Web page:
• The Story Behind Bridgedale360

    I just had to leave…

    I had been walking aimlessly, as if my body just carried me along, for what seemed like forever. I still didn't know where I was heading or what was propelling me forwards. Except the reverb of that thought - I had to leave - and a name. Bridgedale360. My fist tightened around the scrap of paper on which it was written. I didn't have to open it, again, to see it. By now the name and the X that marked it on the spidery map was already etched into my mind. Instead, I looked up and wondered whether the turn in the road was starting to look - not exactly, but still - like the curve of one of the lines on the map. Like one of the spider´s legs. All roads lead to Bridgedale360? I first heard about it from a friend a few months ago and then later, overheard it in a bar. Just people talking over loud and dull pop - but I heard it for sure - and then I found this map, or it found me. I had to leave, my heart needed to believe, I had to believe.

    I picked up the pace, my heart beating out a rhythm for my legs to follow, and my right side stung. Exhaustion and fear tugged at me, and perhaps it was regret that made me look back every now and again, but this time I wasn't going to let it get the better of me. Not this time. I threw some of what was left over from my bag of dried fruits into my mouth, hoping it would hush my hunger. My feet yelled out in pain; my new boots had still not been broken in. Instead, the boots seemed bent on breaking me in. Blisters and all. My insides screamed at me in revolt.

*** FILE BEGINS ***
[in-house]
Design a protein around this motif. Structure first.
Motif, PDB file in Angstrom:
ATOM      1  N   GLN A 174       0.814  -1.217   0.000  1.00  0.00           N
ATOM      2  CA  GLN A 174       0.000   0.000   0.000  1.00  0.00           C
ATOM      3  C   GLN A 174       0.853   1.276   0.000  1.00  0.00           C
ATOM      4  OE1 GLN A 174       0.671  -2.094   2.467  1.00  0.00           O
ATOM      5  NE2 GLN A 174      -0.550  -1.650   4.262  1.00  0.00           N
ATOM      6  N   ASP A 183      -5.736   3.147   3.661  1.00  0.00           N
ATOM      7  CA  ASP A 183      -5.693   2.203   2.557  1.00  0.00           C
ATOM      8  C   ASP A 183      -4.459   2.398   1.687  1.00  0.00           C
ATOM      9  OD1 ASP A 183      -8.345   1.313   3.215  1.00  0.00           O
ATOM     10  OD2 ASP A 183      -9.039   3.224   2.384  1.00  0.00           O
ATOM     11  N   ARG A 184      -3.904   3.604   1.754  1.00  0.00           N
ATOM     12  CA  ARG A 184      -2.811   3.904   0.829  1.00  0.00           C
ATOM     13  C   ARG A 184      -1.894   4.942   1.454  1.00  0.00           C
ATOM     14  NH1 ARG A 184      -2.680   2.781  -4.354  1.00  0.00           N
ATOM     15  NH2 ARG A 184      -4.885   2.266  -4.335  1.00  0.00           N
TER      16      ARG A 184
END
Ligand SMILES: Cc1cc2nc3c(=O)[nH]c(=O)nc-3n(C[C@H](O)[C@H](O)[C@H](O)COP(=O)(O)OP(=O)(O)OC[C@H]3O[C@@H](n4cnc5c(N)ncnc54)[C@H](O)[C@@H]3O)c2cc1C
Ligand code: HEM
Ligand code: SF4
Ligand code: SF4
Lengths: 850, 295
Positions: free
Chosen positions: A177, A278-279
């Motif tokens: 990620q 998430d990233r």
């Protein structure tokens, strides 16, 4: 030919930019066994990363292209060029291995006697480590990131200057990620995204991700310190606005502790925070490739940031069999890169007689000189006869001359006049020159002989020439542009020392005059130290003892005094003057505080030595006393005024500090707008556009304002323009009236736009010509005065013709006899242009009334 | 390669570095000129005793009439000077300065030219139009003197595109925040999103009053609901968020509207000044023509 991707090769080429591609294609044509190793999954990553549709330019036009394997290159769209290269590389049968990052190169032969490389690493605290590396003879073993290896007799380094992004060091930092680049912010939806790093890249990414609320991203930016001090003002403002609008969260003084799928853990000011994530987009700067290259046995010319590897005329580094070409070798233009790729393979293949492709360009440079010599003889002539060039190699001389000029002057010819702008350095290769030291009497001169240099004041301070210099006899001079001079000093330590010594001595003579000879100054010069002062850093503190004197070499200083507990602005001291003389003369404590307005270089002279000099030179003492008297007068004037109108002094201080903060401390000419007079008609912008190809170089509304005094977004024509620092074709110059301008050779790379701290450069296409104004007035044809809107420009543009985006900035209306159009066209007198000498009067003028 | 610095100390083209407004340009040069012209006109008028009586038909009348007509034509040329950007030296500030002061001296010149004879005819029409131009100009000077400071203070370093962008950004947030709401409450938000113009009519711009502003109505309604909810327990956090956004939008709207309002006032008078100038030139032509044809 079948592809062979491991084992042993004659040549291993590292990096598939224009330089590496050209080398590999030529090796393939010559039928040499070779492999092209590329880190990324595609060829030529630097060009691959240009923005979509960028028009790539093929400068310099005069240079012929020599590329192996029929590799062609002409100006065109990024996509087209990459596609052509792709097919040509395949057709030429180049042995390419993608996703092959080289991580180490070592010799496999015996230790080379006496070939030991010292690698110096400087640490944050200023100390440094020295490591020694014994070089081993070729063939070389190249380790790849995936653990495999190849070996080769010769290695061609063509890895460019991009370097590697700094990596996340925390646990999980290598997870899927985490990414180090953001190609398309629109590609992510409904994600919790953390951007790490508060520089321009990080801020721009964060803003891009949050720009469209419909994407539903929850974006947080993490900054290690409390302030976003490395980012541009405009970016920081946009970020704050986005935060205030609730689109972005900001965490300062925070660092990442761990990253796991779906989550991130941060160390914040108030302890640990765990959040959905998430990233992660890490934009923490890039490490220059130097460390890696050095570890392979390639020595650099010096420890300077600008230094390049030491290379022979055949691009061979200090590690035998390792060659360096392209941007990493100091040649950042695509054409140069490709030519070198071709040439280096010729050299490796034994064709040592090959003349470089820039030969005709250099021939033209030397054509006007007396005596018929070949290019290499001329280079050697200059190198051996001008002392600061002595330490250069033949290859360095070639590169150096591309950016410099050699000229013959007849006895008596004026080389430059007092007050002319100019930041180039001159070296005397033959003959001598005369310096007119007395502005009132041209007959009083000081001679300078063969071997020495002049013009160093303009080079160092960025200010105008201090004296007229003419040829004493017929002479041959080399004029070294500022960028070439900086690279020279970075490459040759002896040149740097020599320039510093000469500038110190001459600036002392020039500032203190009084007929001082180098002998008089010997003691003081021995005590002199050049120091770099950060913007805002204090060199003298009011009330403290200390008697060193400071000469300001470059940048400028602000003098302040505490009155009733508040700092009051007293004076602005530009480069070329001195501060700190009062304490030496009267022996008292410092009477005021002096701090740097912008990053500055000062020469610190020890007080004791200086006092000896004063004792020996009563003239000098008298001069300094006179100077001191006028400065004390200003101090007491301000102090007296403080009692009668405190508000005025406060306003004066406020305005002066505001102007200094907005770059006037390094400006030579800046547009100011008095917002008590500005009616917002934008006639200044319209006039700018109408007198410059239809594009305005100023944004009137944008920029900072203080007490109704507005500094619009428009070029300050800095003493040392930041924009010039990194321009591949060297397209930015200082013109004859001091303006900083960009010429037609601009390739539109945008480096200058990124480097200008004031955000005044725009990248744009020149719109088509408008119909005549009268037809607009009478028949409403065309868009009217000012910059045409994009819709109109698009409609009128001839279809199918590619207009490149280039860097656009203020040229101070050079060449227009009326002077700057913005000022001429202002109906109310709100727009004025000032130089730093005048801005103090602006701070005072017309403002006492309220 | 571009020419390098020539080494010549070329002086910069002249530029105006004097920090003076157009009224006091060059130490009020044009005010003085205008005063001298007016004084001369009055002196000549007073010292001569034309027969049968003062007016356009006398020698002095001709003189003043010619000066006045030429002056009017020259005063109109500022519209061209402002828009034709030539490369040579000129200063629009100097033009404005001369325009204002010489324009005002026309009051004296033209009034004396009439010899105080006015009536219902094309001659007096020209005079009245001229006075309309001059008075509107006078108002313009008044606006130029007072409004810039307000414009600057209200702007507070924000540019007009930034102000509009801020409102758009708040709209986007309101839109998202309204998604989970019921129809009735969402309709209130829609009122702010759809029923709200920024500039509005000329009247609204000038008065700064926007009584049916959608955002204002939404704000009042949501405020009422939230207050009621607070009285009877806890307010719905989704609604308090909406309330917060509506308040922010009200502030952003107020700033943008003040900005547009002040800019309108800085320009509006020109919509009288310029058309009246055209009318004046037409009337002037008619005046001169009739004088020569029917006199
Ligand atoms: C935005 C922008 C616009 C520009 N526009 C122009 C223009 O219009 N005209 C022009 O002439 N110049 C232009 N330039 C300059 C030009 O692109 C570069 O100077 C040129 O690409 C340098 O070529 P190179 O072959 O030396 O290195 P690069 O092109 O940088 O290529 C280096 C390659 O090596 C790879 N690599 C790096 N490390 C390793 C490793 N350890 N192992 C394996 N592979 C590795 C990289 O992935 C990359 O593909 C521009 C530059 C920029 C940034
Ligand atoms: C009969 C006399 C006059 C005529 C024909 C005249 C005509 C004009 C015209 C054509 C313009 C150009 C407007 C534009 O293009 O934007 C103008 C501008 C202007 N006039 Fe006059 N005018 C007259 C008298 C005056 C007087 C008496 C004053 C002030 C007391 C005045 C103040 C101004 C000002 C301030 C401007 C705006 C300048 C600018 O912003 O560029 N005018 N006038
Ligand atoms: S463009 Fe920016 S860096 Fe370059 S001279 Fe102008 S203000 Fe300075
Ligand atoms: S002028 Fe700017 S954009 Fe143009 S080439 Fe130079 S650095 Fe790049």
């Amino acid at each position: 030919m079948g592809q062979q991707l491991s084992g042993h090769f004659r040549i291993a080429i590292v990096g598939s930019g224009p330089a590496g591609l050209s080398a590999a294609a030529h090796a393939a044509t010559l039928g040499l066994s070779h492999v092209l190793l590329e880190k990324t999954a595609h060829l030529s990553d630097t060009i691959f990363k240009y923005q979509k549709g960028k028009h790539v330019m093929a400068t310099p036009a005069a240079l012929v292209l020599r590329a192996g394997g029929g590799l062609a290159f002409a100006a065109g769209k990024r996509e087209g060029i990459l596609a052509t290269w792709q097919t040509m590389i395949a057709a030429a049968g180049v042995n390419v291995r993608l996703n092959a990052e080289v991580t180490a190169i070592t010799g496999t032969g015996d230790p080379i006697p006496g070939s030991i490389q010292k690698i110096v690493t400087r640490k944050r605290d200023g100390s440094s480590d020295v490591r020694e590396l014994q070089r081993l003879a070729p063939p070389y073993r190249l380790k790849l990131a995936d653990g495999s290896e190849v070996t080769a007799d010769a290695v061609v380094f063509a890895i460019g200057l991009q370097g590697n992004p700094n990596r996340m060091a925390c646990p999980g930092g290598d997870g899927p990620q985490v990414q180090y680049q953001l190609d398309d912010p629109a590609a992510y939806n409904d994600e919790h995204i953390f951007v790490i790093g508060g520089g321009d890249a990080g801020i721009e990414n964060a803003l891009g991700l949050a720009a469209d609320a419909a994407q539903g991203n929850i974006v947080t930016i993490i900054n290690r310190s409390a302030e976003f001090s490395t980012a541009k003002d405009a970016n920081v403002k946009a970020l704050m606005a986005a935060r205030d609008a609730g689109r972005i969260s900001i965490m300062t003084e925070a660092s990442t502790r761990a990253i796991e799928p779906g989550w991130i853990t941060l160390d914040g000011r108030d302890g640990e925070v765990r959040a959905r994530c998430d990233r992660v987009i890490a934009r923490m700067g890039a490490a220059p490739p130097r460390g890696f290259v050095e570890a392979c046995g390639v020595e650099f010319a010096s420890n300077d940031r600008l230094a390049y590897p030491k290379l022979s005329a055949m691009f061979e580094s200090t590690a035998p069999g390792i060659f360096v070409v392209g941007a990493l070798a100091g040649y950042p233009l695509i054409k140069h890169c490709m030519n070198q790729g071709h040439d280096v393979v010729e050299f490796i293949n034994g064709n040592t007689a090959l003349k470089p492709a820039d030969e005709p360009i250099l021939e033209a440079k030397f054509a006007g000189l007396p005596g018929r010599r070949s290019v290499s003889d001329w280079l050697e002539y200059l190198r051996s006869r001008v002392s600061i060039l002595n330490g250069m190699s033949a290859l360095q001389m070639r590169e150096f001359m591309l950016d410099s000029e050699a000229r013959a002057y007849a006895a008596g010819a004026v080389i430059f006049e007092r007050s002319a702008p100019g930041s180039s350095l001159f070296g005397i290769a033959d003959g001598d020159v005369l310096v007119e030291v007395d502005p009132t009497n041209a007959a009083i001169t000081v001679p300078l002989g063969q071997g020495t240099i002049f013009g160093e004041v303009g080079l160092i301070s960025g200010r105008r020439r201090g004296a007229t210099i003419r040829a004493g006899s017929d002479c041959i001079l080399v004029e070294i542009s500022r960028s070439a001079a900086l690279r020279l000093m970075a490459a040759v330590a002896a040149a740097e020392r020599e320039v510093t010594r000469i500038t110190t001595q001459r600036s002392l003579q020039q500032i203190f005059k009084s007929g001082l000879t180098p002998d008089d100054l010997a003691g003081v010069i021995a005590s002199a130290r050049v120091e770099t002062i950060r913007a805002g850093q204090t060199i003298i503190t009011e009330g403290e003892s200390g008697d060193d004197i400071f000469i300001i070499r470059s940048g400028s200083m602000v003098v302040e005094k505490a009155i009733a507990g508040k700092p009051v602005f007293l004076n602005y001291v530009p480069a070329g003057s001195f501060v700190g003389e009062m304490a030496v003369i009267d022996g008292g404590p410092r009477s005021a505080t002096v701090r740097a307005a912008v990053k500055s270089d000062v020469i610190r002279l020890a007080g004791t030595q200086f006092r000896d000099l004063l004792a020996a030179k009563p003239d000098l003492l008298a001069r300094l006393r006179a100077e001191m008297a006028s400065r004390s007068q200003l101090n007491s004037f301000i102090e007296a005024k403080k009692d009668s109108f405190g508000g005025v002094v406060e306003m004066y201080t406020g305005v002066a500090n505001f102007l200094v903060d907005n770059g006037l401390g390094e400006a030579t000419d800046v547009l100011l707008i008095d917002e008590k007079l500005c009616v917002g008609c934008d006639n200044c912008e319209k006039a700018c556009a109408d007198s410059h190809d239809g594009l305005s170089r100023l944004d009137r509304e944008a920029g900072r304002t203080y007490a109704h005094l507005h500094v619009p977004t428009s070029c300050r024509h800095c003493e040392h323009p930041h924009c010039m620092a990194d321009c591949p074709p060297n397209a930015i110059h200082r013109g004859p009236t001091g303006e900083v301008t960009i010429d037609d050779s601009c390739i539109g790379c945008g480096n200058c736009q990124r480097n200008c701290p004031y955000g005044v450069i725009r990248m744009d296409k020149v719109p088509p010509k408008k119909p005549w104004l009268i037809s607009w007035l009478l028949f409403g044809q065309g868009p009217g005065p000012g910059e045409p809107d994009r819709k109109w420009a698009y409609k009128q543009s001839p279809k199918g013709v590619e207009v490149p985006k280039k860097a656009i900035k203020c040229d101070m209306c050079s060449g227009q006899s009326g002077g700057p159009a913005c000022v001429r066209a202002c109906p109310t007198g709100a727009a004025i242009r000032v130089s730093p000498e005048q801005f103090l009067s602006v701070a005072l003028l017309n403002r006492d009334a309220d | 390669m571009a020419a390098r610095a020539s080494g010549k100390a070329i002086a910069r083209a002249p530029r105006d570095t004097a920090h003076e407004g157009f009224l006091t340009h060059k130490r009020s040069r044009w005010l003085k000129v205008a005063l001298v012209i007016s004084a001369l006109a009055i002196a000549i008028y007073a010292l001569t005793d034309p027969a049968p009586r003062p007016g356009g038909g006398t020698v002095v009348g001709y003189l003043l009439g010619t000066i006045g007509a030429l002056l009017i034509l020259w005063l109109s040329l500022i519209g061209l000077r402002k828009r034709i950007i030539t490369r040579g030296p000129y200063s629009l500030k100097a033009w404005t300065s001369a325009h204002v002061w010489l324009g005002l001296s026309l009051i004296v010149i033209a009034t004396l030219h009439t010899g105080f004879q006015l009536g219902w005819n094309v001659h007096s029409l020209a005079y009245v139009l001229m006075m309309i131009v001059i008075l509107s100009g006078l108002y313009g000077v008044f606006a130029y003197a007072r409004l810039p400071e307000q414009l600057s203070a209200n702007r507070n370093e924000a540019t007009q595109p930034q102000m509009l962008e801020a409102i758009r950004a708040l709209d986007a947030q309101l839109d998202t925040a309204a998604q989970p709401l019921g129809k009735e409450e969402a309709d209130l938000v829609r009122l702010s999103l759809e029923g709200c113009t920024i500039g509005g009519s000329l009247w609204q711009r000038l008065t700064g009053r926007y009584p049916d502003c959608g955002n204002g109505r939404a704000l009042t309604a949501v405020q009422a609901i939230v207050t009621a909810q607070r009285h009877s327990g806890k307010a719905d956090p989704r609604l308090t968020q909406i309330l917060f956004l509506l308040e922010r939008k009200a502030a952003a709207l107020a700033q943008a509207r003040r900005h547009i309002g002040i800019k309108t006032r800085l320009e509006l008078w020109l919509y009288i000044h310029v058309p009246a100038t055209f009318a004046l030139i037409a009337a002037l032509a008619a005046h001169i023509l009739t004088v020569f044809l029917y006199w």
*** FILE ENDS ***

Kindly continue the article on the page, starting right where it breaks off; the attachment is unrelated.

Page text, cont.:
Suddenly I heard voices. I got cautious, a bit afraid, but my curiosity brought me closer. My ears twitched like antennae, trying to figure out where the voices came from. I stood still. There. “Bridgedale360”, I heard it. My heart rattled my ribcage. “Over there, not so far anymore.” I had to get to them. “Wait!” I think I said and cut through the row of trees, hesitantly at first, but then found myself pushing and shoving shrubs aside, until I saw them and they saw me. “Hi,” said the woman, smilingly. I gasped and smiled back and my insides kept quiet, for once.

    We were walking for days, mostly quietly. But there was a sense of unity that I had never felt before. We were all following our dreams somehow, but without really knowing what it was. Layla showed me some pictures of her family, and said that she didn’t know any longer where they were, if they were alive. Could we blame the “system crisis”? But I also felt conscience-stricken, because I saw how privileged I was. Yet, I was unhappy. But happiness does not come with abundance, I learnt it the hard way. I could not imagine myself continuing like before. I desperately needed Bridgedale360 to be more than a silly fairy tale…